Recognizing one’s reflection is considered an advanced ability, and it’s only been confirmed in a handful of species, such as chimpanzees, orangutans, and dolphins.
“Snakes demonstrate many of the same cognitive and perceptual mechanisms as other animals if you study them in the right way, ask the right questions, and respect their biology and way of dealing with the world,” Burghardt says. (Read about 14 animals that have shown us how smart they are.)
In the study, published recently in the journal BehaviorBurghardt and colleagues studied 24 garter snakes born in a single litter in their Tennessee lab.
the snakes had been housed individually since birth and fed either an all-fish or all-worm diet, making it possible to differentiate the snakes’ faeces chemically.
When the snakes were four months old, the team exposed them individually to four different stimuli: their own dirty cage liner, the dirty cage liner from a same-sex sibling fed the same diet, the dirty cage liner from a same-sex sibling fed a different diet, and a clean cage liner.
During each experiment, the scientists measured the rate of each snake’s tongue-flicking and its overall movement around the cage. (In pictures: amazing amphibians.)
Snakes flicked their tongues less when exposed to the dirty cage liner from a littermate fed the same diet than they did to their own dirty cage liner.
Burghardt says this behavior shows that the garter snakes can recognize their own chemical cues as distinct from those of other snakes, even closely related snakes eating the same diet.
About 50 years ago, American psychologist Gordon Gallup and colleagues developed a mirror self-recognition test that is still the standard for many experimental studies.
Researchers put a mark somewhere on an animal’s body that it can only see in its mirror reflection. If the animal looks in the mirror and then touches or examines the mark on its body, it passes the test. People tend to pass the test as toddlers, and some great apes—chimpanzees, orangutans, and bonobos—recognize themselves. A select few non-primates, such as elephants and dolphins, may qualify as well.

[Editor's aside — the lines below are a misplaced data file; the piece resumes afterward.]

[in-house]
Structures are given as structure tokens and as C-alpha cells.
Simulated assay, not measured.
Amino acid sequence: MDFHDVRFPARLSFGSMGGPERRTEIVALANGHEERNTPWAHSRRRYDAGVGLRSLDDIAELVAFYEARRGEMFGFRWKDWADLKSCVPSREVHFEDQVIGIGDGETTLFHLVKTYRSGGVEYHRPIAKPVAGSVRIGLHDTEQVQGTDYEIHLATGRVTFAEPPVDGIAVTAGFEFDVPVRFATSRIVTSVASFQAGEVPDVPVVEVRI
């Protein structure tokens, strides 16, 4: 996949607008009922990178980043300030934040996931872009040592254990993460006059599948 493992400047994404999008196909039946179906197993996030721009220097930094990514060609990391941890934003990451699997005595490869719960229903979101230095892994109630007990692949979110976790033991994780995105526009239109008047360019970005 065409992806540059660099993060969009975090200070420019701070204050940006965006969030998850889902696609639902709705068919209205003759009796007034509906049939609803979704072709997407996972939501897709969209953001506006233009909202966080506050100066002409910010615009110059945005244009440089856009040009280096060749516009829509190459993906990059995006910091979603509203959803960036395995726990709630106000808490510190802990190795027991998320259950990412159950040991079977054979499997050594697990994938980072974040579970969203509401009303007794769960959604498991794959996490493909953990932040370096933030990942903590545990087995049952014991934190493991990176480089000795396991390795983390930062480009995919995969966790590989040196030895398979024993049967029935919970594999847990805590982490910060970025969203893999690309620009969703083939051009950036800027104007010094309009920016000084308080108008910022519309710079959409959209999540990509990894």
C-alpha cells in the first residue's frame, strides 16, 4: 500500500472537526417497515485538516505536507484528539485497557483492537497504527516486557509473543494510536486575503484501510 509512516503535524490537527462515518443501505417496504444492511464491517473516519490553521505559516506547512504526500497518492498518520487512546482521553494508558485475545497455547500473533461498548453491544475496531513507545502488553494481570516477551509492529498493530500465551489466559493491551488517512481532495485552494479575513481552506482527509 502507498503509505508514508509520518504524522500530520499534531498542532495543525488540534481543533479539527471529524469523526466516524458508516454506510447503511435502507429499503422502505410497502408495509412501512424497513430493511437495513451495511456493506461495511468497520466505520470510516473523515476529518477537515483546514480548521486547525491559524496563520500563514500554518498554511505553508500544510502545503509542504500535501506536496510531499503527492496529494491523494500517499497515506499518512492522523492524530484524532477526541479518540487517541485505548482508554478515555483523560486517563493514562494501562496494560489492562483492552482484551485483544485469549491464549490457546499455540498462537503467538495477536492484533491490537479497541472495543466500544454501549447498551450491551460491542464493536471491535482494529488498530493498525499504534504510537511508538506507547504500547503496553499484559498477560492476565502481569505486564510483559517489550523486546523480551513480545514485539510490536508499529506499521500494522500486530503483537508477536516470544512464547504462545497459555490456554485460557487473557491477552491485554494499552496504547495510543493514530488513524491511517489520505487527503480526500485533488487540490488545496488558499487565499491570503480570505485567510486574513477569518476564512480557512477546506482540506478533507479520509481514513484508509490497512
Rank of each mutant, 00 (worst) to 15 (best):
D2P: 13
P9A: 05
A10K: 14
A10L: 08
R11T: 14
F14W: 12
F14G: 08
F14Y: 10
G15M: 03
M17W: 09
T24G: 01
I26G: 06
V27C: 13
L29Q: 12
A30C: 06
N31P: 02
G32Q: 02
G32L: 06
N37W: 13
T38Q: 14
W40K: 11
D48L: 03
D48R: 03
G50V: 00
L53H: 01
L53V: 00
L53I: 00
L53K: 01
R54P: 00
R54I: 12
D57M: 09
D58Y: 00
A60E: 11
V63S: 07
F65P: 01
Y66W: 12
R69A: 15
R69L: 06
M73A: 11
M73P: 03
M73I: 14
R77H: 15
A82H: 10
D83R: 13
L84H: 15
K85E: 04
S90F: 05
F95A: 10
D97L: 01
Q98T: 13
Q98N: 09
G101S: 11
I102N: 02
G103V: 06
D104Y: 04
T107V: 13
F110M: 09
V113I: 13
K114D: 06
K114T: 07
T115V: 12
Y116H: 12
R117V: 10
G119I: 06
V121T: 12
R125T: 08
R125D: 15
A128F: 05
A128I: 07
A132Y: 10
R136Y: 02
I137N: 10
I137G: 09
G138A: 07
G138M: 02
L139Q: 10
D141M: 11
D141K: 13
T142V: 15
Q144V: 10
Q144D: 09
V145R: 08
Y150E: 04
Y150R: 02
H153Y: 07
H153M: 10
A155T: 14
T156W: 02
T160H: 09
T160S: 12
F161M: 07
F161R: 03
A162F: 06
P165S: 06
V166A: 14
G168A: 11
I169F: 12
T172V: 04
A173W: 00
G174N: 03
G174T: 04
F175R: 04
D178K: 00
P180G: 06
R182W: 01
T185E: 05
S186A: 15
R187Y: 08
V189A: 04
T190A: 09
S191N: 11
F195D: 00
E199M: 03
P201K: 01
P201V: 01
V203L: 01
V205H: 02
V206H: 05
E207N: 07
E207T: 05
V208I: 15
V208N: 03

But Gallup and his colleagues are skeptical of the evidence for mirror self-recognition in any species other than humans and great apes. They have also criticized non-visual self-recognition studies, such as those using odors or other chemicals, that purport to be equivalent to mirror tests.
That’s why one of Gallup’s frequent collaborators, psychologist James Anderson of Kyoto University, says that even though the snakes in Burghardt’s study may demonstrate chemical self-recognition, it’s not the same as an ape or human recognizing their appearance in a mirror.
“Many researchers overlook the spontaneity of great apes’ [and our own] use of mirrors simply to check on our appearance, perhaps to rearrange it or observe it from different viewpoints,” he said in an email. “No convincing demonstration exists of any so-called ‘chemical mirror’ being used in this way.”
Burghardt says, “I don’t make the claim that these snakes are self-conscious. But they seem to have an awareness of themselves as a different entity than another organism.”
Scientists are also divided about what an animal recognizing itself in the mirror really means in terms of cognition. Gallup and Anderson contend that passing the test is equated with self-awareness, self-consciousness, and possibly even the awareness of others’ unique selves.